By Kristen Thompson, Associate Director, Bluegrass Writers Studio
Bluegrass Writers Studio's Winter Residency 2014 begins today! As participants check in, they'll be given a name tag, a schedule, and a restaurant guide to top off the stacks of papers that started with their writing. Sandwiched in the middle will be the manuscripts of their workshop-mates.
In the low-residency world, much of the year's work happens online. Whether you're a pencil-and-paper sort or a screen typist, eventually your work will be turned in electronically with one-inch margins and 12-point reader-friendly font. The beauty of Times New Roman is that it's the great equalizer. Gone are the days when bad penmanship earned you the dunce cap even if you had a great imagination. And gone, too, is any styling - Comic Sans, Lucida Handwriting (shudder) - that tells you how to feel about the work before you even read it. Once in a while, someone may insist on sans-serif and show up for critique in Helvetica, but it's not too jarring.
In the online courses, edit notes from your peers come in the form of comment boxes, courtesy of the word processing software. Some people are born-and-bred computer users, dedicated to the screen, and haven't printed a document since the Euro rolled off the presses.
But when residency rolls around, my old-school book lovers, there is a wonderful sound in the air - papers being shuffled. In the poetry workshop, one poem might march all the way across the page, puffing itself out like an alarmed cat, while others float a few words into the air. And then there is this whiteness. Above, below, to the left, to the right ... there is space. An emptiness that contains all possibility. It's so - poetic. Then we sit around and annotate that page to the last bit of free pulp, like literary termites.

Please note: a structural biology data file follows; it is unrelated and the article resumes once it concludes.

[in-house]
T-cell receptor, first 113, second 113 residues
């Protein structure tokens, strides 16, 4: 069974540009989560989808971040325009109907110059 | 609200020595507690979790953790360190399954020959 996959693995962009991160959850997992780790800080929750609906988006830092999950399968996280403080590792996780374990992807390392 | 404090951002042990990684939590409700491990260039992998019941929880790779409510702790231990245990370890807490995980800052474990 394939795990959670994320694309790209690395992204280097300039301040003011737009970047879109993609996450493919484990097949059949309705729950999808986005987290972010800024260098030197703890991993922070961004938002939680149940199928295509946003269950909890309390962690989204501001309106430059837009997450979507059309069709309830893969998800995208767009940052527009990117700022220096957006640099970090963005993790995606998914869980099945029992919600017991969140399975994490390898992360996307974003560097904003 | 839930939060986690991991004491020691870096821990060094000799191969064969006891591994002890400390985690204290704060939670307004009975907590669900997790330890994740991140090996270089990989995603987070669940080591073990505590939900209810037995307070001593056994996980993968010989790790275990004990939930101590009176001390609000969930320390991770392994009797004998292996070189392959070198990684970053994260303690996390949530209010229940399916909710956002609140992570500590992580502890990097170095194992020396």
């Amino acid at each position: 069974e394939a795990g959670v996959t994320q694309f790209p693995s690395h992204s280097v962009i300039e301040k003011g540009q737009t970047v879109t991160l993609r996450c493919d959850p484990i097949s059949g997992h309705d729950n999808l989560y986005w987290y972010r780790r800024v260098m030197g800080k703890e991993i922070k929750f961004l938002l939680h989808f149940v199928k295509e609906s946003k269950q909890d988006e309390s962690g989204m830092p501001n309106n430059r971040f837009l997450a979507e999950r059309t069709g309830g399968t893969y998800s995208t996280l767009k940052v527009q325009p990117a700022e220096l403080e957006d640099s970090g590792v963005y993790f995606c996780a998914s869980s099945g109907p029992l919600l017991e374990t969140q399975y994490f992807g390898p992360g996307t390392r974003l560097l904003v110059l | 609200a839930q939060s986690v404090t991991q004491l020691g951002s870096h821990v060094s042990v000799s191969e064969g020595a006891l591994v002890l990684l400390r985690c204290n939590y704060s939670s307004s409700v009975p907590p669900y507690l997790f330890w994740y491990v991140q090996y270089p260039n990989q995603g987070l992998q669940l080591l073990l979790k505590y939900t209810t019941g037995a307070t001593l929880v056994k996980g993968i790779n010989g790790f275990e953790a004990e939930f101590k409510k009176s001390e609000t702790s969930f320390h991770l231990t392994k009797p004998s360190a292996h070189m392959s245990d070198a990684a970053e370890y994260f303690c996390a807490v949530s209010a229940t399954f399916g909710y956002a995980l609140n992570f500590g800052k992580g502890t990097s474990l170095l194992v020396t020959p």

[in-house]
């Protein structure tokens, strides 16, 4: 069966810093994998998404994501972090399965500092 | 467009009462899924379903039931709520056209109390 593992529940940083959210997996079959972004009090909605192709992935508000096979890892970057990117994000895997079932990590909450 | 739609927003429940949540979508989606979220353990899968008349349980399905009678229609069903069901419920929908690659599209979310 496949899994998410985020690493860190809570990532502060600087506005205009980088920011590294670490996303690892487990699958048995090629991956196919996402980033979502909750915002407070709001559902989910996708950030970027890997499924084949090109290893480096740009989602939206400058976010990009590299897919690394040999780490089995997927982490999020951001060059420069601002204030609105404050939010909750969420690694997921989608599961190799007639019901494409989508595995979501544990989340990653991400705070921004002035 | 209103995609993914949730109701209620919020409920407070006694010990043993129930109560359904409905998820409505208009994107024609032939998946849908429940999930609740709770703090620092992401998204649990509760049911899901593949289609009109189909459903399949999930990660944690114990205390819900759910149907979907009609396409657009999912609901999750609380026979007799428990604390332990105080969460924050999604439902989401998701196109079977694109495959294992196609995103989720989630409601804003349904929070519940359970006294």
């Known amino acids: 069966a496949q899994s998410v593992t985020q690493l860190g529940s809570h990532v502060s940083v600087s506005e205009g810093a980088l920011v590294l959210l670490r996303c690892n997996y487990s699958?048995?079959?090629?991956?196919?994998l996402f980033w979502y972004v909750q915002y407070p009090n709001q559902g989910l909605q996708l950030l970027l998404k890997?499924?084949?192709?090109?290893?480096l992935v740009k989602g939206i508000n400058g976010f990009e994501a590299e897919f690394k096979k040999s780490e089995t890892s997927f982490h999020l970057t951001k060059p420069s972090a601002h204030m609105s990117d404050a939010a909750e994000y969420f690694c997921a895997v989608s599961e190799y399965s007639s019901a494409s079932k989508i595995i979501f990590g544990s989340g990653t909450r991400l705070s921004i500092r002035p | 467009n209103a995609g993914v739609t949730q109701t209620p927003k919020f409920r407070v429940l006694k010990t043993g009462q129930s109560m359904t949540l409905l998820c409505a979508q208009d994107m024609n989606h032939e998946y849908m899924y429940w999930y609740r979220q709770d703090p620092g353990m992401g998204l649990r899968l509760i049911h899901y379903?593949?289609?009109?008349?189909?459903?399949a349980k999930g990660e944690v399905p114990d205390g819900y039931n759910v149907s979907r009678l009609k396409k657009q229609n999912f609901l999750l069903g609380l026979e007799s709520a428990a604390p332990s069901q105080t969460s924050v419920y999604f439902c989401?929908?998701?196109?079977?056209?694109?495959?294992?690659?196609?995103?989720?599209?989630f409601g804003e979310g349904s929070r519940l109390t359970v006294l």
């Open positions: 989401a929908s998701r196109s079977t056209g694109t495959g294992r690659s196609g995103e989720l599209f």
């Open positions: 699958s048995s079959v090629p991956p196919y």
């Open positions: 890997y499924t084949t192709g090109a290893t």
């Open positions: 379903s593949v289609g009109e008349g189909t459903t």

Hey, come on, I said it was poetic. A cameo appearance by Death is nearly required.
Anyway, my friends, the point is that all of our text and scribblings - both the note and the noted - still contain possibility. It doesn't matter who thinks you should flesh out the Death character and who thinks you should leave him out entirely and who says "Why is Death always a 'he'?" Because no matter how the margins fill, no one ever truly runs out of blank slate. There's another shaggy steno pad or bar napkin, or a new .docx to create. Even without the tangible, without pens or computers or even hands, we compose. You compose.
A new year. A fresh snow. Ten days of reading, writing, and perhapsing. Never forget how clean your slate is.
Published on January 01, 2014